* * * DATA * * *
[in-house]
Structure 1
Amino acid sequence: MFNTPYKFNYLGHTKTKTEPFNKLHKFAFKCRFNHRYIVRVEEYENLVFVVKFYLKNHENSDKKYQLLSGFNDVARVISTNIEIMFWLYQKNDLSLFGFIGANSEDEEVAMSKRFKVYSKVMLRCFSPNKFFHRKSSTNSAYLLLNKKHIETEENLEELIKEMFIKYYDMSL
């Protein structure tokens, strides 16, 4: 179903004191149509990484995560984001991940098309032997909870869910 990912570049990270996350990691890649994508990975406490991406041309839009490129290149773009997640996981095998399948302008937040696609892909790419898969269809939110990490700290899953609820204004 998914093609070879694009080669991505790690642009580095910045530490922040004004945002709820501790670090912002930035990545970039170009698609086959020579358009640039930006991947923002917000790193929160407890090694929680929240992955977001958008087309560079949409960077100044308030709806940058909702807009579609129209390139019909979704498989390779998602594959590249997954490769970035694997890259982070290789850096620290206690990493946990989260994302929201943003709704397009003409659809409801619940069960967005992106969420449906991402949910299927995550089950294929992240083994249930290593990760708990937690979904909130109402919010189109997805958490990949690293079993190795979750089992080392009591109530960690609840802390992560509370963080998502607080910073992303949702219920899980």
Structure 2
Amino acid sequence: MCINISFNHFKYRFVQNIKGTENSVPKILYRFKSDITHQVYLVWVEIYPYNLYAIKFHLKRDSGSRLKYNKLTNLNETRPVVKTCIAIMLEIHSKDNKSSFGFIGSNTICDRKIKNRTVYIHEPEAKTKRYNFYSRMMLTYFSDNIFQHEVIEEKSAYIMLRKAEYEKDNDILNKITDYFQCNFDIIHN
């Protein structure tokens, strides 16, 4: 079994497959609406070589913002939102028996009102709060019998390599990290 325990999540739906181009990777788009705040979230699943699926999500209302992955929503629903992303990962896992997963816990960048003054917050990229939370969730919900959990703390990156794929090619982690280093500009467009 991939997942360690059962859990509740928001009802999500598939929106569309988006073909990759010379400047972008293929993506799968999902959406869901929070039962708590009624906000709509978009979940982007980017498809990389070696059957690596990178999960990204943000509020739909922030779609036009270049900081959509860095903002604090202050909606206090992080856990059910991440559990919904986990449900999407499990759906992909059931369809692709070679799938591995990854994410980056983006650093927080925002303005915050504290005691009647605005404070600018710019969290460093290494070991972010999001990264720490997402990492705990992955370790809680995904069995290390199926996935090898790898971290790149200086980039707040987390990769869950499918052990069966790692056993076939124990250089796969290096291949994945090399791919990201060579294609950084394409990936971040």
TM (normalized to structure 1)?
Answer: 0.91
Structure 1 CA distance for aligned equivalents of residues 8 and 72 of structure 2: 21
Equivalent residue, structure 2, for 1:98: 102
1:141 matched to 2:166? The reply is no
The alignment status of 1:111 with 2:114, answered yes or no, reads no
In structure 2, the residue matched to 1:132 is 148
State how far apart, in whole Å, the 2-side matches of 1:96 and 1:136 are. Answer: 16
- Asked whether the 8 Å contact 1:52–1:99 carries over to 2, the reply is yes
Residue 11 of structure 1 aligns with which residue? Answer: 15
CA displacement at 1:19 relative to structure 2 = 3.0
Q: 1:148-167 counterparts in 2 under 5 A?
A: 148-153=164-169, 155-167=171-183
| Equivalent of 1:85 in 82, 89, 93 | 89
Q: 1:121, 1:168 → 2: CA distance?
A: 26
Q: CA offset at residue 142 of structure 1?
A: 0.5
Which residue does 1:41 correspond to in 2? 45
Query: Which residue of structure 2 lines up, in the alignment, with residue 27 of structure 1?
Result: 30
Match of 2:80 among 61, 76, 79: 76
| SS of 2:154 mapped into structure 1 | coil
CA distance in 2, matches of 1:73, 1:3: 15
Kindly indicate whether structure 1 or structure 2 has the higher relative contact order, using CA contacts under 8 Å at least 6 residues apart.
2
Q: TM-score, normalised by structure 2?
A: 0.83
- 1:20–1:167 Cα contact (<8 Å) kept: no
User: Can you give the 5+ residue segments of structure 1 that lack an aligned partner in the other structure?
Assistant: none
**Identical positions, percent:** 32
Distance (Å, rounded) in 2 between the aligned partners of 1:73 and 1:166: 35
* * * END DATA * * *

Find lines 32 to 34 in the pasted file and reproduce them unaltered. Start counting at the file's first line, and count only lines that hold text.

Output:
Kindly indicate whether structure 1 or structure 2 has the higher relative contact order, using CA contacts under 8 Å at least 6 residues apart.
2
Q: TM-score, normalised by structure 2?